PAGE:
Both federal and provincial governments have implemented strict regulations and permitting processes for B.C. LNG projects to follow to minimize disruptions to marine life and the surrounding ecosystem. By employing advanced technology and expertise, the LNG industry can help address global energy demands while protecting British Columbia's unique and vital marine ecosystems.
Myth #3: The construction of LNG facilities will lead to an increase in tanker traffic, affecting tourism and related industries in British Columbia
Fact: While there might be more LNG ship traffic, the impact of LNG facilities should be minimal and not affect tourism or other related industries in British Columbia.
The development and operation of LNG facilities in British Columbia require rigorous environmental assessments under provincial and federal laws to identify and address potential ecological and social impacts, such as those associated with noise and tanker traffic 3.
Canada’s Impact Assessment Agency (IAA) and the BCEAO are responsible for the environmental oversight and approval of LNG export projects. Multiple facilities, including the LNG Canada project in Kitimat, have gone through these rigorous assessments 6.
Future LNG shipping routes off Canada’s coastline(s) are to be carefully controlled and monitored to minimize risks to marine life and coastal communities. For instance, the use of escort tugs, local pilots, and mandatory navigational routes follow world-class practices for LNG shipping 7.
Strict safety protocols, extensive environmental assessments, and continued focus on sustainable shipping practices ensure that risks with the development of new LNG export facilities are mitigated and that British Columbia's unique coastal environment remains protected.
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1. Government of Canada. (n.d.). Natural gas facts. Natural Resources Canada. https://www.nrcan.gc.ca/science-data/data-analysis/energy-data-analysis/energy-facts/natural-gas-facts/20067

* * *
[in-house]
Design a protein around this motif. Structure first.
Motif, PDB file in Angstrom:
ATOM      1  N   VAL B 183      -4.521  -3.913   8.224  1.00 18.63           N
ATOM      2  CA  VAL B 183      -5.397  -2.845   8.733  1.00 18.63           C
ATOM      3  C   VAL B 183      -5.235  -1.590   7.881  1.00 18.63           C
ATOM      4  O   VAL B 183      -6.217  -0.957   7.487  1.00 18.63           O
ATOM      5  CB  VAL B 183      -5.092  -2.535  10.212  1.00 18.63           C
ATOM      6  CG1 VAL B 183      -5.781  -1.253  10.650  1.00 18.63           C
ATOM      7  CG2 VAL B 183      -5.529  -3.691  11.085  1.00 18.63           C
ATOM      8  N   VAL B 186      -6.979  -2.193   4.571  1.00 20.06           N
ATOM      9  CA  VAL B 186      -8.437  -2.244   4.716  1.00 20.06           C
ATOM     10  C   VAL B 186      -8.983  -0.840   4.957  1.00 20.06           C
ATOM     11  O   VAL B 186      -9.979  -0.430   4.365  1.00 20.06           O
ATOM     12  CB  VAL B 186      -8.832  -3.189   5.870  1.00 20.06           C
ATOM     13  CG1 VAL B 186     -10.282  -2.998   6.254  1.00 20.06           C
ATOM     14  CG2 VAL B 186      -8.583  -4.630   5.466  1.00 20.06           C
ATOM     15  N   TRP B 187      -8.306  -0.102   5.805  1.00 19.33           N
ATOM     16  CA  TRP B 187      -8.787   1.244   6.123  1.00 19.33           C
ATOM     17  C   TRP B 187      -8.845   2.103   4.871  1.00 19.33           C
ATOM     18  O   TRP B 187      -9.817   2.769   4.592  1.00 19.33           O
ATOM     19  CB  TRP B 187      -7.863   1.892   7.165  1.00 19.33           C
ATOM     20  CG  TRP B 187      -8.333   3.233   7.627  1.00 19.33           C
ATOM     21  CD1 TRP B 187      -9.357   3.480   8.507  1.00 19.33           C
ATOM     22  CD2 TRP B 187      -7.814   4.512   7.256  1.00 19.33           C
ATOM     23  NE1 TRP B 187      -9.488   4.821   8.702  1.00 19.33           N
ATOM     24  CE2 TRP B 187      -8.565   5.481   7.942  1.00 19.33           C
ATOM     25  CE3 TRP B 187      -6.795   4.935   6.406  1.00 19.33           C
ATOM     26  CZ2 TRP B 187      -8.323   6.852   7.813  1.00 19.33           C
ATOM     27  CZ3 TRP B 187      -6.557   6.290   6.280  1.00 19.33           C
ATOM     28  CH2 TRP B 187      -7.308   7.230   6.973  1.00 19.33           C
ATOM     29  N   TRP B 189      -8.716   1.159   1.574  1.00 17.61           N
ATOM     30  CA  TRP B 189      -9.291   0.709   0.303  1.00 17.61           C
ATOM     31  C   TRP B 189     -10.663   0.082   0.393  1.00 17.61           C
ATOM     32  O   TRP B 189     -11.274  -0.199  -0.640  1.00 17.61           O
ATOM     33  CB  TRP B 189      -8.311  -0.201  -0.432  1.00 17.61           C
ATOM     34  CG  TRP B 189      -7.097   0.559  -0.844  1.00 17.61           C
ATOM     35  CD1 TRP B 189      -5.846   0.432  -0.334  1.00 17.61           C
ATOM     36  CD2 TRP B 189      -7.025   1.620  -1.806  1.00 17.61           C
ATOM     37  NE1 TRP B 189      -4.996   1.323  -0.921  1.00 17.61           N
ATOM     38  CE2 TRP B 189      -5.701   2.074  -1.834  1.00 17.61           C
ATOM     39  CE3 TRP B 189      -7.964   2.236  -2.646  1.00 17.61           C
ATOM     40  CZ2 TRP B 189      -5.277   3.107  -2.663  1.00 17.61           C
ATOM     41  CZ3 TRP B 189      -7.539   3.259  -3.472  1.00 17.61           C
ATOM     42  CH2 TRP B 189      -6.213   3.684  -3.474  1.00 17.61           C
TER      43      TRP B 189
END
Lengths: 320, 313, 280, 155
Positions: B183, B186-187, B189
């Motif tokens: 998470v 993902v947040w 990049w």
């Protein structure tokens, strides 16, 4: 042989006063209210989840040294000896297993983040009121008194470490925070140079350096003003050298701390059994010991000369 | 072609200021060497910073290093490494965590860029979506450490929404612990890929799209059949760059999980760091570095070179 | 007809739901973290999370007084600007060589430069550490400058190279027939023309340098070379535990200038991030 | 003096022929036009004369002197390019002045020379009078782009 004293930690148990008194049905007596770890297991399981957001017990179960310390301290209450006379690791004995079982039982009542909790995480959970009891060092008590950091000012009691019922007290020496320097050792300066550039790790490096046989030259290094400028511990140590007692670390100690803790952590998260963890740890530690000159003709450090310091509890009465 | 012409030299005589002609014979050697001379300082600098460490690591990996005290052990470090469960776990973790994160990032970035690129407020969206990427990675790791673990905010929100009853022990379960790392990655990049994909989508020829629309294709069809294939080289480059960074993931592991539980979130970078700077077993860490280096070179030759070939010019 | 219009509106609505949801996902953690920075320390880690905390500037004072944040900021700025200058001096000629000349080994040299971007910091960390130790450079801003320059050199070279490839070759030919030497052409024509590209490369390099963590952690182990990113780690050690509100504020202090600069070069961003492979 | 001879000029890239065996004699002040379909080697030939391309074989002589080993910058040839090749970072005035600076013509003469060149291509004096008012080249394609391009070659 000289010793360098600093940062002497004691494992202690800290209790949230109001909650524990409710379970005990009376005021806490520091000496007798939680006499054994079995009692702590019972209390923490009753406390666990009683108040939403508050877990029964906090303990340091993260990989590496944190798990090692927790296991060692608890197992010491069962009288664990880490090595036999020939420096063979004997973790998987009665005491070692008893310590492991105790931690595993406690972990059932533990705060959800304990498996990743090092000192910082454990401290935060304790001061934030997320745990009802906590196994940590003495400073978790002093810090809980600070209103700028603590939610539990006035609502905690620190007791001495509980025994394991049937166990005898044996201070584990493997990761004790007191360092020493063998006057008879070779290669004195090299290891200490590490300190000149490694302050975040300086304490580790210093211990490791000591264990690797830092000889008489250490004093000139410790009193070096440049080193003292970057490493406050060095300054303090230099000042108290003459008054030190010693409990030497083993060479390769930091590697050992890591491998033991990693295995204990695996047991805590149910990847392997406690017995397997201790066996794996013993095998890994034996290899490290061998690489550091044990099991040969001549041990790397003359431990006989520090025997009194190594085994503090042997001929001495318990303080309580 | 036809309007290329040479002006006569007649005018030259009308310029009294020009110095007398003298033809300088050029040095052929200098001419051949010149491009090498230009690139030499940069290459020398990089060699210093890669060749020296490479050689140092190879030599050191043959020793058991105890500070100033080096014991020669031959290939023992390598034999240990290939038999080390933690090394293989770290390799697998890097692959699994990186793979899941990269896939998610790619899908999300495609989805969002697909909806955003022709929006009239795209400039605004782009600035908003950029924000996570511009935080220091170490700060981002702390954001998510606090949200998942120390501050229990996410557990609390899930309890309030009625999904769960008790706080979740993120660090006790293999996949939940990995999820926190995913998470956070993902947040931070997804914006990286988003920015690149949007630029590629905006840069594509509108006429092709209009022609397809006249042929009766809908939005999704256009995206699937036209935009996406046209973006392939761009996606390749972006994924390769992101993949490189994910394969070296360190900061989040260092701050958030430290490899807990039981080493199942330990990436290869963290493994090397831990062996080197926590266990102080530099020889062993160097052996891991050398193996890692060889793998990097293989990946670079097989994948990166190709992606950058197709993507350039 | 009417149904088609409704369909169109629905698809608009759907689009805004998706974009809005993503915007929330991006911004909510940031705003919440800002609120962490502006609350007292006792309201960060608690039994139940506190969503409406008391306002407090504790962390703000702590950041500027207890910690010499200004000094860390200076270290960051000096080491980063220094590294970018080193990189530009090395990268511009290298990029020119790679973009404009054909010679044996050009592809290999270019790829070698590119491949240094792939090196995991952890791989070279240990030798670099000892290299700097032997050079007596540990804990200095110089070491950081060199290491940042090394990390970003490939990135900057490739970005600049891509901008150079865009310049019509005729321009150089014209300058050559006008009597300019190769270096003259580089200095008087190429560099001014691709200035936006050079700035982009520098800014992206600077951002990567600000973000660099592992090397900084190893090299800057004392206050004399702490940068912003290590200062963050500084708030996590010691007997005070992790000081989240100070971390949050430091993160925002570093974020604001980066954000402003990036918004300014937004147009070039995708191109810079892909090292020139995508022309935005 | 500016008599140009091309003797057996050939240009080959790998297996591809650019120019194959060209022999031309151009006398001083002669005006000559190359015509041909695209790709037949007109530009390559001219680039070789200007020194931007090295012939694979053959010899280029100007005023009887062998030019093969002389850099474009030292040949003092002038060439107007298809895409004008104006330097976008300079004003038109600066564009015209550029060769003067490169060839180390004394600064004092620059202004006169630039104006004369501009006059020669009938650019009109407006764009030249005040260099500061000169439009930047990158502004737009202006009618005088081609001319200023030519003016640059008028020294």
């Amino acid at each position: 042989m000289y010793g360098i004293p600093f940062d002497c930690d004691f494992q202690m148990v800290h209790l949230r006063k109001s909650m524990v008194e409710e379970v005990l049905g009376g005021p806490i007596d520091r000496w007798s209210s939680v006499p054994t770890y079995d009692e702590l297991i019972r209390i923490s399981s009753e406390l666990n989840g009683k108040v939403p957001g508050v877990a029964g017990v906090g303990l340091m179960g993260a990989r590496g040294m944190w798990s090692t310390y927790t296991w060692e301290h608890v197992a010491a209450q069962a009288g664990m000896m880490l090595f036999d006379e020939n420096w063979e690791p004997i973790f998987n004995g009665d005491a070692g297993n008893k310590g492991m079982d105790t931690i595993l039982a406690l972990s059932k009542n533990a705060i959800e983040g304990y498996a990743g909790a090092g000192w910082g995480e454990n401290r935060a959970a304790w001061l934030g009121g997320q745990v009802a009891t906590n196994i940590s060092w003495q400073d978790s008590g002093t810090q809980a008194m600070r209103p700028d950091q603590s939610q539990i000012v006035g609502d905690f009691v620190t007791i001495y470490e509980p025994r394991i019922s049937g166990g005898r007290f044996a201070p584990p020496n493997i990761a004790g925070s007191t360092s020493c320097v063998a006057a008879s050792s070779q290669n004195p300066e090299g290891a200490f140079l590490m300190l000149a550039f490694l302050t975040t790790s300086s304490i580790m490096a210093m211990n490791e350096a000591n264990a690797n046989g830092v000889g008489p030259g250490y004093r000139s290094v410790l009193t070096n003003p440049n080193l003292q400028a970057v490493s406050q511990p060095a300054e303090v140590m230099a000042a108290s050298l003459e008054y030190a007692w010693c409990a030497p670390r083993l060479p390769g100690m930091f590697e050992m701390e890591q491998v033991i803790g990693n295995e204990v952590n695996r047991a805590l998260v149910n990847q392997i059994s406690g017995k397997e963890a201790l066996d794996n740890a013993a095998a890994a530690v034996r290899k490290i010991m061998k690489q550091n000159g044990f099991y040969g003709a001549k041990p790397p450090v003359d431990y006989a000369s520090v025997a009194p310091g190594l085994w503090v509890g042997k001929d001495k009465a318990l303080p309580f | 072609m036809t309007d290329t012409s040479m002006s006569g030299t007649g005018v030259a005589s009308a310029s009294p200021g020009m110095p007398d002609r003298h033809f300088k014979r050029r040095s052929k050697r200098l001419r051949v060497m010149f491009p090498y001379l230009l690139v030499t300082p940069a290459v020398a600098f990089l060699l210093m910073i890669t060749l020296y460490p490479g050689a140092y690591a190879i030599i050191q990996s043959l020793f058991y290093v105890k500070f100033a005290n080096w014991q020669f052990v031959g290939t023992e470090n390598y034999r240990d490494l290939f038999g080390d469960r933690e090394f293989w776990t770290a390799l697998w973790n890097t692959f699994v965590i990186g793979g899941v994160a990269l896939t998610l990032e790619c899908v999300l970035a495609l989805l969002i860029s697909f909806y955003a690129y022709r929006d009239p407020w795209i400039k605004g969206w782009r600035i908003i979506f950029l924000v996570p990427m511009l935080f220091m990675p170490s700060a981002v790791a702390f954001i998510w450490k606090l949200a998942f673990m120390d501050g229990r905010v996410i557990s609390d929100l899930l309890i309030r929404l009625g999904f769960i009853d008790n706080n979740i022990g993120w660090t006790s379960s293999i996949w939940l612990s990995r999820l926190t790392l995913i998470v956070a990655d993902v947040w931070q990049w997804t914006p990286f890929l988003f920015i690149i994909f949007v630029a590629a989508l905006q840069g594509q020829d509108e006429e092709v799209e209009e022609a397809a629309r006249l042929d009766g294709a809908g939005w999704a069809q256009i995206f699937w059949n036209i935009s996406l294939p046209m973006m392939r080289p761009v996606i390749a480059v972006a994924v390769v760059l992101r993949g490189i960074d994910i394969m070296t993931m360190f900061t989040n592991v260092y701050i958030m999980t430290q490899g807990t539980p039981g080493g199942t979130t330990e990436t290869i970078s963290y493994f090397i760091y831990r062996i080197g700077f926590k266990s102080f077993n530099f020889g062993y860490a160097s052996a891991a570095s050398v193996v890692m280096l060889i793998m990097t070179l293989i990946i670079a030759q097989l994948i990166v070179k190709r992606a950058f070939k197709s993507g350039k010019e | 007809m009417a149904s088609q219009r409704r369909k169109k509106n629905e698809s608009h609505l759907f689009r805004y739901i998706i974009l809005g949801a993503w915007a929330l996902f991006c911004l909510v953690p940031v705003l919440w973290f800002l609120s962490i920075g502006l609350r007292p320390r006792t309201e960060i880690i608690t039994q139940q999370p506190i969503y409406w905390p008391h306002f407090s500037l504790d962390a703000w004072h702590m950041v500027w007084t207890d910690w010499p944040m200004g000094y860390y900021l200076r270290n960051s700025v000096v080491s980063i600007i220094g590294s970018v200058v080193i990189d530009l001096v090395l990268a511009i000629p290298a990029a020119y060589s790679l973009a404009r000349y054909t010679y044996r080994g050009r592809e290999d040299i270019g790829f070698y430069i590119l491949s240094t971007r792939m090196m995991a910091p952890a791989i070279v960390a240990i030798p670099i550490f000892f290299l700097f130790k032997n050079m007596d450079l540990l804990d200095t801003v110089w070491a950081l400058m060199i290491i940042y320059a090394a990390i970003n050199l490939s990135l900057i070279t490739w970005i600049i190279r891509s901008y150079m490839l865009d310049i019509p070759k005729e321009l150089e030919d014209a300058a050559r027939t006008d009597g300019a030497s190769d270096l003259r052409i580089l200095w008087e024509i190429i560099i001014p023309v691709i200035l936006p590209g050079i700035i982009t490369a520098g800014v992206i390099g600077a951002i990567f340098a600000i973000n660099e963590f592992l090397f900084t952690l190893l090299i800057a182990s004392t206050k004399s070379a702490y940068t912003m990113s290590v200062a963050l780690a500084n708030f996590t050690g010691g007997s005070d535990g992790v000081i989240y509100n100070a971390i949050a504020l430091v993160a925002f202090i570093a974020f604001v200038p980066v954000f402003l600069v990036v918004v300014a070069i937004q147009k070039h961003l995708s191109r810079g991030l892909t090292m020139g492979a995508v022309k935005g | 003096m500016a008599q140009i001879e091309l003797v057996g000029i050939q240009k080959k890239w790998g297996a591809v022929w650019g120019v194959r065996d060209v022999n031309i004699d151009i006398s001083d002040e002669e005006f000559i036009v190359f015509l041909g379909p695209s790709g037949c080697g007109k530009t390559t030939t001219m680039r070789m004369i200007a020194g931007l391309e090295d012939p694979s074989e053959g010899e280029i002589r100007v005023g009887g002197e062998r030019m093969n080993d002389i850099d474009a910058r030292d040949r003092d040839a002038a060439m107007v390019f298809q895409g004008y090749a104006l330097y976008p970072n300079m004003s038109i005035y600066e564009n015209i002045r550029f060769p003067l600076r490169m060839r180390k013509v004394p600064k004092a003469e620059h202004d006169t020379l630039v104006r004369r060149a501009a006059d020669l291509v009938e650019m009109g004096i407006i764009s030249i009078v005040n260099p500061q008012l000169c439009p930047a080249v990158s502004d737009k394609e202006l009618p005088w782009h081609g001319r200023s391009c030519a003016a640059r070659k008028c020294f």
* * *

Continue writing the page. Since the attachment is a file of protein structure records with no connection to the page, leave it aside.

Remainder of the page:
2. B.C. Reg. 55/2020. (2020, March 4). Liquefied Natural Gas Facility Regulation. Order of the Lieutenant Governor in Council No. 55. https://www.bclaws.gov.bc.ca/civix/document/id/complete/statreg/56_2020
3. British Columbia Environmental Assessment Office. (n.d.). Environmental Assessment of LNG Projects. British Columbia Government. https://www2.gov.bc.ca/gov/content/environment/natural-resource-stewardship/environmental-assessments
4. B.C. LNG Environmental Policy. (n.d.). [No URL available for this source; it might be a to several policies, regulations, and guidelines].
5. B.C. Oil and Gas Waste Regulation. (2017, March 9). British Columbia Ministry of Energy, Mines and Petroleum Resources. https://www.bcogc.ca/files/reports/Crown_Instruction-Oil-Gas-Waste-Regulation.pdf
6. B.C. Premier John Horgan tours the site of the LNG Canada project. (n.d.). [No URL available for this specific source; it might be a reference to a news article or press release].
7. Vancouver Fraser Port Authority. (n.d.). Liquefied natural gas. https://www.portvancouver.com/about-us/what-we/liqueaturalas-vessels/